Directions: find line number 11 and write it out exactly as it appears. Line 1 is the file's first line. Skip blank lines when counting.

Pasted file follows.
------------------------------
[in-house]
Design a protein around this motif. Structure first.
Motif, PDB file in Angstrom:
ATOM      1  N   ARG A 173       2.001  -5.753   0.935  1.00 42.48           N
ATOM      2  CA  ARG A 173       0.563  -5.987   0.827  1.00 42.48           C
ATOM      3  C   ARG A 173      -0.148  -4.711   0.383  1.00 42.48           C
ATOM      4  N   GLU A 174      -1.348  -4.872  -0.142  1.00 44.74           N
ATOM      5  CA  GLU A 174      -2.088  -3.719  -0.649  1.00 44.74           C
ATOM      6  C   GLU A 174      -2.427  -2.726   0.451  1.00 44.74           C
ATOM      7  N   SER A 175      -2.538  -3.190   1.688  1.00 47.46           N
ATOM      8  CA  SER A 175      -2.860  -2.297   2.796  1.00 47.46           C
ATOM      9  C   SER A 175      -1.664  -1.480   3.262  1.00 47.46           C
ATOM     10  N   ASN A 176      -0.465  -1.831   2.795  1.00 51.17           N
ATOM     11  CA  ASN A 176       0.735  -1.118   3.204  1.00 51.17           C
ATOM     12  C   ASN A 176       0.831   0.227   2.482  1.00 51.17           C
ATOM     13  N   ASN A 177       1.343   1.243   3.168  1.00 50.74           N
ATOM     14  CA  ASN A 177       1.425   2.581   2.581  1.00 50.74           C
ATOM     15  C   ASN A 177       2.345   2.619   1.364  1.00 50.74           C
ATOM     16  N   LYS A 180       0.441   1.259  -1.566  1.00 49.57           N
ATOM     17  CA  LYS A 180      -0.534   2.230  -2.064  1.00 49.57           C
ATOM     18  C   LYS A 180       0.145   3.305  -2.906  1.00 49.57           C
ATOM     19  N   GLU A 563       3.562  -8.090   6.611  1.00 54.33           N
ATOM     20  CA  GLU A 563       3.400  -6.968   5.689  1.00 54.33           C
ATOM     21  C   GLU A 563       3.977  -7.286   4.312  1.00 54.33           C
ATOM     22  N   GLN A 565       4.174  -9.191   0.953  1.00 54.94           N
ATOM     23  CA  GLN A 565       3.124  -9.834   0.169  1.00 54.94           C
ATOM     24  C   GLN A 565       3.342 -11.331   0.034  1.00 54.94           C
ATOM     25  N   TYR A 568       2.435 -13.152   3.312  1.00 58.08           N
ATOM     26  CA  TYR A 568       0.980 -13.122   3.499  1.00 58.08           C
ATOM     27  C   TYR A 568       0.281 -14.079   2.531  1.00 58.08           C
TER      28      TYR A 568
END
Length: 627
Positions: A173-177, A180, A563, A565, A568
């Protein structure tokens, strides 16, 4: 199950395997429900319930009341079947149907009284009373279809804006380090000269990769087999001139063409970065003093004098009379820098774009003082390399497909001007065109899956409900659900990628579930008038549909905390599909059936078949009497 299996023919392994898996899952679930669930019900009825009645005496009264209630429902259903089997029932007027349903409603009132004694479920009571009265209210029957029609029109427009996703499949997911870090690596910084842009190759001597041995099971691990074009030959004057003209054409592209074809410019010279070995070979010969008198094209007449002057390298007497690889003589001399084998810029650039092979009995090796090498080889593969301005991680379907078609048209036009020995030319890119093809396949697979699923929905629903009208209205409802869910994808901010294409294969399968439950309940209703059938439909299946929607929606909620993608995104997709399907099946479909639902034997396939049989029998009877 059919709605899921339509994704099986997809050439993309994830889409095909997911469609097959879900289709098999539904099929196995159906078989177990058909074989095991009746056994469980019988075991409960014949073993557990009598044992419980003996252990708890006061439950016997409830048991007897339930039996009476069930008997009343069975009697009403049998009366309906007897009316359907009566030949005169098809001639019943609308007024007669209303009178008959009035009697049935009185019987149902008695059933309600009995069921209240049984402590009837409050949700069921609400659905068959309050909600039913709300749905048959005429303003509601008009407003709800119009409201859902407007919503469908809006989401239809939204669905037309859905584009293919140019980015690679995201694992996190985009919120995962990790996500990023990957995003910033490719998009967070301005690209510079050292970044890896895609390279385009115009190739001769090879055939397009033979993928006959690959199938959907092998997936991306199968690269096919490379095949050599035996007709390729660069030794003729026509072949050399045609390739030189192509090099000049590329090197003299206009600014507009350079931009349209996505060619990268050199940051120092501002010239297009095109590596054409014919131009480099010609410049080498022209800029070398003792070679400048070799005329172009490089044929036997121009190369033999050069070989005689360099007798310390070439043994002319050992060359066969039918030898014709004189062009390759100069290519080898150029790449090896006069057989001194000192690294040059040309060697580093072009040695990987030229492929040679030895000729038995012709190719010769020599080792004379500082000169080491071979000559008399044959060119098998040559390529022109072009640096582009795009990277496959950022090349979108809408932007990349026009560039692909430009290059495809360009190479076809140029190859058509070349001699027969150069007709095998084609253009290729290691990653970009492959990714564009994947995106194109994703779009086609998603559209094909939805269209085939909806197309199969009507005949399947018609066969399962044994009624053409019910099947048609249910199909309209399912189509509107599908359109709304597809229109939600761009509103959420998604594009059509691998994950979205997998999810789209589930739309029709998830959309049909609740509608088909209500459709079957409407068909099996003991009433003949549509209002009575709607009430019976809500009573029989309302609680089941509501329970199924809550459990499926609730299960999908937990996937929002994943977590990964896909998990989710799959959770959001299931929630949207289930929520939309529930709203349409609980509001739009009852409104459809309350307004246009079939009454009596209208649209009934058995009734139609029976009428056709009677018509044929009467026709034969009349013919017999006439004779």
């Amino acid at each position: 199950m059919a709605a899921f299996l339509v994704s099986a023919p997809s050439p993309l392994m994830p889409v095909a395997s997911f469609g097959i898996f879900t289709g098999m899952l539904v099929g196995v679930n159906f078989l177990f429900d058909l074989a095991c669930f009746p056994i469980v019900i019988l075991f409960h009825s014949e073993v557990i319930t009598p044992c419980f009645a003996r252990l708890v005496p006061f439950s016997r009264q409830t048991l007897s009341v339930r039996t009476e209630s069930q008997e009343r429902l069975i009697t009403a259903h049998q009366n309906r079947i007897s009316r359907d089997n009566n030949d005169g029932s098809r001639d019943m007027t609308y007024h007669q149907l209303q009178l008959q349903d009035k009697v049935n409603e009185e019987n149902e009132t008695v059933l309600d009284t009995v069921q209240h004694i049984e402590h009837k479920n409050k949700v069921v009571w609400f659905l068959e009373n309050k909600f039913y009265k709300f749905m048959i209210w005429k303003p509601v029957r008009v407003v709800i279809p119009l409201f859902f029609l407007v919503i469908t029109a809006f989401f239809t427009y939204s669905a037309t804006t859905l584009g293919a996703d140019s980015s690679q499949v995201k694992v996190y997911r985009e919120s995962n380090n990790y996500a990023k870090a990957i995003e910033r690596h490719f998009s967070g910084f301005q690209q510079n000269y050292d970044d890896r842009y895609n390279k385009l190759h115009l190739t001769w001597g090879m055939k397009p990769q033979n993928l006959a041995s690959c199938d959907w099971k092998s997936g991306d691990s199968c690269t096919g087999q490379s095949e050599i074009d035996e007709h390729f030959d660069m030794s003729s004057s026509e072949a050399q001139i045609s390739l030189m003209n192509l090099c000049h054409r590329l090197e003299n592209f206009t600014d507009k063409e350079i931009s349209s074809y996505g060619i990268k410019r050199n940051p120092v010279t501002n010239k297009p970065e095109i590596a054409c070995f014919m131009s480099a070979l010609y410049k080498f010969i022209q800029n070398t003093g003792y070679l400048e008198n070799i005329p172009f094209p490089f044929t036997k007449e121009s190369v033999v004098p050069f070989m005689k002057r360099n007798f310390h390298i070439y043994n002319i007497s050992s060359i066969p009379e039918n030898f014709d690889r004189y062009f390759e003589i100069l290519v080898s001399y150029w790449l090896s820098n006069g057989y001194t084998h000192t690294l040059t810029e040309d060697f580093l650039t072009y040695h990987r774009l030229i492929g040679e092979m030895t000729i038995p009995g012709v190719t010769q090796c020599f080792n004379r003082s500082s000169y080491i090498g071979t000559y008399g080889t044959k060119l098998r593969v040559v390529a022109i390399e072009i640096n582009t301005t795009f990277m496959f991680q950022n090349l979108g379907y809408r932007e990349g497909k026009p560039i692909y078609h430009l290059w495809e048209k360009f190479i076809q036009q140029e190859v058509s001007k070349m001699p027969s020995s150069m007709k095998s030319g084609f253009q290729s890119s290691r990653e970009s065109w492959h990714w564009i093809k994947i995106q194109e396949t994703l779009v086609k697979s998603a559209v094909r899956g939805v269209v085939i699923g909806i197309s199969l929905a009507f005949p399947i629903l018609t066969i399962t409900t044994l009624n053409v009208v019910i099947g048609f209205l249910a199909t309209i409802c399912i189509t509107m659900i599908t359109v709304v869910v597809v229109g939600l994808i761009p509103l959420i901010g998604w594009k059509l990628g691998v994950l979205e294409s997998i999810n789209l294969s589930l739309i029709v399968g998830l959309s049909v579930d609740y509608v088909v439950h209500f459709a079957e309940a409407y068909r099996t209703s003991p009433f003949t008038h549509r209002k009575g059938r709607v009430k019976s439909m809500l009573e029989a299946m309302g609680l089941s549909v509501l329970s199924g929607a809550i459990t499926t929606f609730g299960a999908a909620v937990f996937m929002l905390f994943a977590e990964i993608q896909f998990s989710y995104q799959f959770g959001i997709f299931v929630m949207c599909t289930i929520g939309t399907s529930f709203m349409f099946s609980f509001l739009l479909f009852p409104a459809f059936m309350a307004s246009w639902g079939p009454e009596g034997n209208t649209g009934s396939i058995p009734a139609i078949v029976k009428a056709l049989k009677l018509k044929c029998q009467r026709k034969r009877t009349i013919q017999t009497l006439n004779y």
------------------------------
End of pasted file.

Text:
ATOM      8  CA  SER A 175      -2.860  -2.297   2.796  1.00 47.46           C